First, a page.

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Facebook to halt secondary market trading for the week

Talks that Facebook secondary stock is on hold brightens the buzz about upcoming IPO

Technology trends and news by Krystal Peak
January 25, 2012
Short URL: http://vator.tv/n/23d5

Another indicator that a Facebook IPO filing could be just around the corner has popped up. A three-day suspension on trading Facebook stock on the secondary market is being reported by Bloomberg. 

Even though Facebook is not a publicly traded stock, there are shares for the social networking giant on the secondary market and reports are trickling out that there is a halt on that trading for the remainder of the week.

While buy and sell orders can be made, transactions won’t be processed by Facebook’s attorneys at Fenwick & West LLC.

Many have been anticipating that Facebook is about to file for a $10 billion IPO that would value the company at more than $100 billion and that it would hit the markets some time this spring. 

Many companies suspend secondary trading ahead of a filing to avoid any suspicion of insider trading or impropriety. 

Could this mean we would see an IPO filing on Friday? It's all in the realm of possibility. 

Facebook has been very busy the last few months, launching new application platforms, revenue stream and partnering with some big names. I think all of this is in order to bring Facebook buzz to a near-crescendo as it files its IPO.

How Facebook is gearing up

The near constant roll-outs of new products and announcements has been since reports of IPO filing came in November. 

Facebook has remained tight-lipped about when it will go public but the rumor mills are gaining fodder that the announcement and filing with the SEC could come before the close of the year.

While filing for an IPO is not always the route that large companies wish to move toward, Facebook will have to start disclosing its revenue when it crosses the 500 shareholder threshold, set by the SEC, and most suspect that the company will go public upon that benchmark.

With more than 800 million users and a slew of advertisers and developers that pay for access to create applications and services on the site, Facebook has created a business model that many are ready to bet on.

Then in late November, some rumors started circulating that Facebook was in talks to get into the online gambling business -- at least in the UK.

The timeline for such an endeavor is unknown as of yet, but the company has been in talks about ways to translate the social gaming and credit system into a real money maker.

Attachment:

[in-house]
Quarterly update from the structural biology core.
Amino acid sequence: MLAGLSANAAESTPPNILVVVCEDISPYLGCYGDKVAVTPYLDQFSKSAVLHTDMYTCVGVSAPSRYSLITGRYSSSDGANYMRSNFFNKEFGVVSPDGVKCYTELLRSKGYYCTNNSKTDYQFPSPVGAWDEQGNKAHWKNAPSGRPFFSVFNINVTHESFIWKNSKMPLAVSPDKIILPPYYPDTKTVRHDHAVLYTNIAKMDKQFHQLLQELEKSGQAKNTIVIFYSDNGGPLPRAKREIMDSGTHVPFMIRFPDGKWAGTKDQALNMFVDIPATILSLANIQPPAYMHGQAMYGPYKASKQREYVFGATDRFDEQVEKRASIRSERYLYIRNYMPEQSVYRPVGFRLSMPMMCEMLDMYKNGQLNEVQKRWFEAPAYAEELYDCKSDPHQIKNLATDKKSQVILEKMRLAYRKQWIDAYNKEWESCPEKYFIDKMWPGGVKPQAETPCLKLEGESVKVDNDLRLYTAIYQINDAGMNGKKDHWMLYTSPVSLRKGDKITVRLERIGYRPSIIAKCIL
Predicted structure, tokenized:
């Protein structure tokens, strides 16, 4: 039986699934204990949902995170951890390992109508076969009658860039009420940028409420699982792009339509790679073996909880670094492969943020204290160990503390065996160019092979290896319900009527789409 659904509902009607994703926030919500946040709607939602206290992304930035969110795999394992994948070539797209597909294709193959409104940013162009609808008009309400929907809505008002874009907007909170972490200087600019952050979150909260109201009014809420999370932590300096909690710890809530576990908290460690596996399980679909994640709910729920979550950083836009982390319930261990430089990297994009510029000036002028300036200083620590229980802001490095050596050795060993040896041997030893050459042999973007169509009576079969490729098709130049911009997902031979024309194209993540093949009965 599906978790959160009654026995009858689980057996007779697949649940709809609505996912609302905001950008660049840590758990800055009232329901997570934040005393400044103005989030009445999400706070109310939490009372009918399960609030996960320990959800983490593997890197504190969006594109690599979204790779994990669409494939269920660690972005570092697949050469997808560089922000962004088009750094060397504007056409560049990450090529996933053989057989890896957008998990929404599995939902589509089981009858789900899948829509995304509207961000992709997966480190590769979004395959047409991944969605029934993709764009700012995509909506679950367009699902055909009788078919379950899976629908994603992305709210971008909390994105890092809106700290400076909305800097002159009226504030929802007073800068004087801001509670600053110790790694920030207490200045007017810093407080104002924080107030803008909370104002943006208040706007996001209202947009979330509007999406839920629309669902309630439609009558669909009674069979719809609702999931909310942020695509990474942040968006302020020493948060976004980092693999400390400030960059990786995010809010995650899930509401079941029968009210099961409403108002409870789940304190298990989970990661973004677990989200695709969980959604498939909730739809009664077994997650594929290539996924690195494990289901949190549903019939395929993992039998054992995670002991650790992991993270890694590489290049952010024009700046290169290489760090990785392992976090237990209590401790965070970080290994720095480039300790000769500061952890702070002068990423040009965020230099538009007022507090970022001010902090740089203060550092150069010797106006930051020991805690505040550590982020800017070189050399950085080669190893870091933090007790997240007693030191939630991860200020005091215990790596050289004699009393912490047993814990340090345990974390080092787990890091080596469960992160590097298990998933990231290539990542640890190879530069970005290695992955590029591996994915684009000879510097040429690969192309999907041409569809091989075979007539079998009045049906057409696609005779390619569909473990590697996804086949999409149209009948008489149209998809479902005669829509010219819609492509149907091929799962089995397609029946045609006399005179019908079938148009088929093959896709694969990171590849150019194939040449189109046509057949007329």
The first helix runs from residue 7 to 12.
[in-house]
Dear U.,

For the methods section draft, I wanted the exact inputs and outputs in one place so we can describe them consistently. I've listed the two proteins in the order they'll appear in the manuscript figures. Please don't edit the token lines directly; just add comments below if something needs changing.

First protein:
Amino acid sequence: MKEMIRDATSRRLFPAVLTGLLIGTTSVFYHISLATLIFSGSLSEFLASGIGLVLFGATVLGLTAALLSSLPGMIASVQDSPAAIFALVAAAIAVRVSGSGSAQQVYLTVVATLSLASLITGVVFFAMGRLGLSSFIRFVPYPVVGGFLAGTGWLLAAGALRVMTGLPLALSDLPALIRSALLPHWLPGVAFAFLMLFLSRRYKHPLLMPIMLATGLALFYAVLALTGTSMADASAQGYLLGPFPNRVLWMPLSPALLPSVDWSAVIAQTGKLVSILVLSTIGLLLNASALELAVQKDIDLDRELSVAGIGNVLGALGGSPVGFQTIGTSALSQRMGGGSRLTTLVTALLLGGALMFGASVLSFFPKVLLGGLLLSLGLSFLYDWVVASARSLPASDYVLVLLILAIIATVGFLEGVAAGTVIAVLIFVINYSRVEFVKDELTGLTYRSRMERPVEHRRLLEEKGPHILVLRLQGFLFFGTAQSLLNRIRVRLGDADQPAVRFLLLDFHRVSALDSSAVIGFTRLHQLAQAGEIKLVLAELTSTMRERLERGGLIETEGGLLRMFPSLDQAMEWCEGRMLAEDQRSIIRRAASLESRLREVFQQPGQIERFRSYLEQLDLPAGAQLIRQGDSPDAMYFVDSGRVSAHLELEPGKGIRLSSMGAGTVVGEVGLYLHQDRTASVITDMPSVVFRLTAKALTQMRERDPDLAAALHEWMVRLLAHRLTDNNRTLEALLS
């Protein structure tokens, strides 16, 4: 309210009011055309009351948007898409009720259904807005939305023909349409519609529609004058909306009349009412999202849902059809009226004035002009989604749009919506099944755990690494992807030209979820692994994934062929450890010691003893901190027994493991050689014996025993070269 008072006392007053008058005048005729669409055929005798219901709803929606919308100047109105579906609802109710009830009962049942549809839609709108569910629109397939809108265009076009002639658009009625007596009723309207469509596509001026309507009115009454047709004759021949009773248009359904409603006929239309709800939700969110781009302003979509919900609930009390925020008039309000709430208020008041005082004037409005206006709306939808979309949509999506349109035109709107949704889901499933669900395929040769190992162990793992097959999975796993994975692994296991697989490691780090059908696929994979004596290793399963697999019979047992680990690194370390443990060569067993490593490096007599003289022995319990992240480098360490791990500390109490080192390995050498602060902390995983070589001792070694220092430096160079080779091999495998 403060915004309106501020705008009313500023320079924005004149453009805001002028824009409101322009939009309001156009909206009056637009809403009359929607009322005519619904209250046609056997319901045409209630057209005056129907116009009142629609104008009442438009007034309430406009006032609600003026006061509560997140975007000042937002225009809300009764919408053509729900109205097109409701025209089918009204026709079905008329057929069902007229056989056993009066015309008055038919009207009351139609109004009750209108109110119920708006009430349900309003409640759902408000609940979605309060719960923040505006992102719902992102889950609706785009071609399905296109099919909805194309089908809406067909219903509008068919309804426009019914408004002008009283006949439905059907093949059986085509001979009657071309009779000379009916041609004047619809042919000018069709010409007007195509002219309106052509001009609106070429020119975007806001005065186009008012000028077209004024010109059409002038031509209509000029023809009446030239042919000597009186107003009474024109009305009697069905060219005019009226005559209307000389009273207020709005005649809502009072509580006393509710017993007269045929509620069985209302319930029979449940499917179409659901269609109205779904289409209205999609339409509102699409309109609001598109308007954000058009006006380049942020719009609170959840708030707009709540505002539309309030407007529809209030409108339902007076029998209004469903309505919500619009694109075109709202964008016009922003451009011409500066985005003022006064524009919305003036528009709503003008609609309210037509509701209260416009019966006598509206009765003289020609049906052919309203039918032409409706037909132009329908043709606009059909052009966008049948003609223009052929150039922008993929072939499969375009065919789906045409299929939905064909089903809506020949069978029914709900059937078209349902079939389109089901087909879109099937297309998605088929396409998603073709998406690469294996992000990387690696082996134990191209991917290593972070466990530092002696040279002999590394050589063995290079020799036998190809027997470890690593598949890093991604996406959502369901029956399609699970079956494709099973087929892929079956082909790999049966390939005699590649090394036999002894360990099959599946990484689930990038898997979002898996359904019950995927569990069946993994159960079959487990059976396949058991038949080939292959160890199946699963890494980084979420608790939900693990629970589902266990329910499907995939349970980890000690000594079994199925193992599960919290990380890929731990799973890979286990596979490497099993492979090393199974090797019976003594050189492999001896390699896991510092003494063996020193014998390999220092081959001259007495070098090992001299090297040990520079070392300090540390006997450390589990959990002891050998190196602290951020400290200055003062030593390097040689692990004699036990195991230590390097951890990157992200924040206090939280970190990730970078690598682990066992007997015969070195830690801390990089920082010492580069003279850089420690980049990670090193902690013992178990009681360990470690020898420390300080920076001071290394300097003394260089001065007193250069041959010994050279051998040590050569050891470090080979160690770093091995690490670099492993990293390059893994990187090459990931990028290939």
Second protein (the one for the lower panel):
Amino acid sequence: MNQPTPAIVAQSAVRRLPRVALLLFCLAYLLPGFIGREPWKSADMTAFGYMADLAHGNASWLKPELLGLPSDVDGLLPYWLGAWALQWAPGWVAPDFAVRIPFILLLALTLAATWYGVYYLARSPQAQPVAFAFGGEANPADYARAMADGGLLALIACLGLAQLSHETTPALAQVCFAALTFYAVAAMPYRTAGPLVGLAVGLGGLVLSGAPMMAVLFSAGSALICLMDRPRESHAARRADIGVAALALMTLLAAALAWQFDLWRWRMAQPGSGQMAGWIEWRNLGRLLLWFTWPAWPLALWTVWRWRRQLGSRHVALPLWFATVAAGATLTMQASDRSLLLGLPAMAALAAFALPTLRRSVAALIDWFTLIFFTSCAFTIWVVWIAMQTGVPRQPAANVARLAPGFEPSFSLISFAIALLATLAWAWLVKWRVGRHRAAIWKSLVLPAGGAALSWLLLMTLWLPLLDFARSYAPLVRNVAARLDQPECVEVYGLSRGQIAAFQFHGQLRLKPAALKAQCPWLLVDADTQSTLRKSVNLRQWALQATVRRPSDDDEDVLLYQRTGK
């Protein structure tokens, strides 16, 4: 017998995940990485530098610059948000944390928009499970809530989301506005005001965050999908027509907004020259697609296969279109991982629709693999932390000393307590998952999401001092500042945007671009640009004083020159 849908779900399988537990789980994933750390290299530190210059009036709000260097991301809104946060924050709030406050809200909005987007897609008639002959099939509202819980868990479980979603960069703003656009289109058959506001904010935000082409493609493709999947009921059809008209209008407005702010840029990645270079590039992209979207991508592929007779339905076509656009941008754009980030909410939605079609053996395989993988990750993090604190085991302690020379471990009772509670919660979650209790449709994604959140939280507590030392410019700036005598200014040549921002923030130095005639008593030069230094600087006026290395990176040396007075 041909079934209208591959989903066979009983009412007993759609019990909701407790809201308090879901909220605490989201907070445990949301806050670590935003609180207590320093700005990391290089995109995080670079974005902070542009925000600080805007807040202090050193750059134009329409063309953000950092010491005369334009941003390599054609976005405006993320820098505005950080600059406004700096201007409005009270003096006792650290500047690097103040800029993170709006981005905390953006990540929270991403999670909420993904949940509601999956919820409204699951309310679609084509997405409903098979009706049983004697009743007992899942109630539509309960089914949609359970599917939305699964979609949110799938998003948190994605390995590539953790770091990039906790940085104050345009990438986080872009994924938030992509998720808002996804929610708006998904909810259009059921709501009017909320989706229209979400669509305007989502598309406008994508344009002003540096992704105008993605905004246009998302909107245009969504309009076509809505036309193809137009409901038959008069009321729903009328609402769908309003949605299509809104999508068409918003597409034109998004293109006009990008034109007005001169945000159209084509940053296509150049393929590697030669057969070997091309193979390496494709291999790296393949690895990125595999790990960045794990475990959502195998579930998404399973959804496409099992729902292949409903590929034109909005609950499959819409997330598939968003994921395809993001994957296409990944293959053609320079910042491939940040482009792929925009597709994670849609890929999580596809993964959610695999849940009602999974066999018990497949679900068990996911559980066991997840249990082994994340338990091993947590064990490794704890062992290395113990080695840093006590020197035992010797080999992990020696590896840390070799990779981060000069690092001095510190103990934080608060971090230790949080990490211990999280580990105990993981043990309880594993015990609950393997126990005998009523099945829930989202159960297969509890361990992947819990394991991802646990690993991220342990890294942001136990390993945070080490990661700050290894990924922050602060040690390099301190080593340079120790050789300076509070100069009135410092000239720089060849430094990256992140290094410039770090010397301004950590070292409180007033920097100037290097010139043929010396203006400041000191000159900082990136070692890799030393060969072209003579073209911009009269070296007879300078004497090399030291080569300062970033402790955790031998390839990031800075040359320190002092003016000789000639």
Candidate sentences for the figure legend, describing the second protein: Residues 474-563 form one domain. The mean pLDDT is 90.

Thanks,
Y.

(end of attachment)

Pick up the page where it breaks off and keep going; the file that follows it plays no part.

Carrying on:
The Facebook credit system currently cuts itself a 30% slice of the virtual token revenue from social gaming. But a real money version would leave many questioning if that would impact the credit system and how people would "cash out" winning.

The talks appear to only be a UK project since many states in the US bar gambling and the logistics of offering such a service on a state-by-state-basis seems highly unlikely.

The current frontrunner on the Facebook gaming segment is the IPO-hungry Zynga, with 30+ million monthly users -- roughly 6% of the social network population. Facebook might be in search of alternative revenue models as Zynga launches, its once Facebook-exclusive, games on its own website and other platforms like the quickly-growing Google+ (with 40+ million in the population and counting.)

Then there are all the updates we have seen to the revenue options for advertising and "featured stories" that help keep faith up that Facebook can maintain a stronghold on advertisers and their dollars.

And in recent weeks we have seen Open Graph and Timeline become bigger parts of the "new face of Facebook."

And this week the company COO Sheryl Sandberg was at the DLD Conference in Munich touting the global (especially European) strength that Facebook has grown. 

In the past year, Facebook has added $15.3 billion in value to the European economy, Sandberg shared. Businesses and governements are able to market, share, sell and gain perspective on Facebook and other social media, which has been highly lucrative for those that made the technology a part of their business plan.

Facebook is also setting up a small business marketing campaign where it will give 100€ in credits to 50,000 businesses for marketing on the site. The social network will work with local partners to dole out the credits to these small businesses.

This all seems to add up to a company poised to strike the markets hot and fast. I wouldn't even doubt that in tamdem with the IPO filing, if Facebook announces that it has reached its one billion user mark -- that would be a fitting way to celebrate.

We will all have to see if this is the time or if secondary suspension will just be a first move in a longer list of moves as Facebook prepares for IPO.

 


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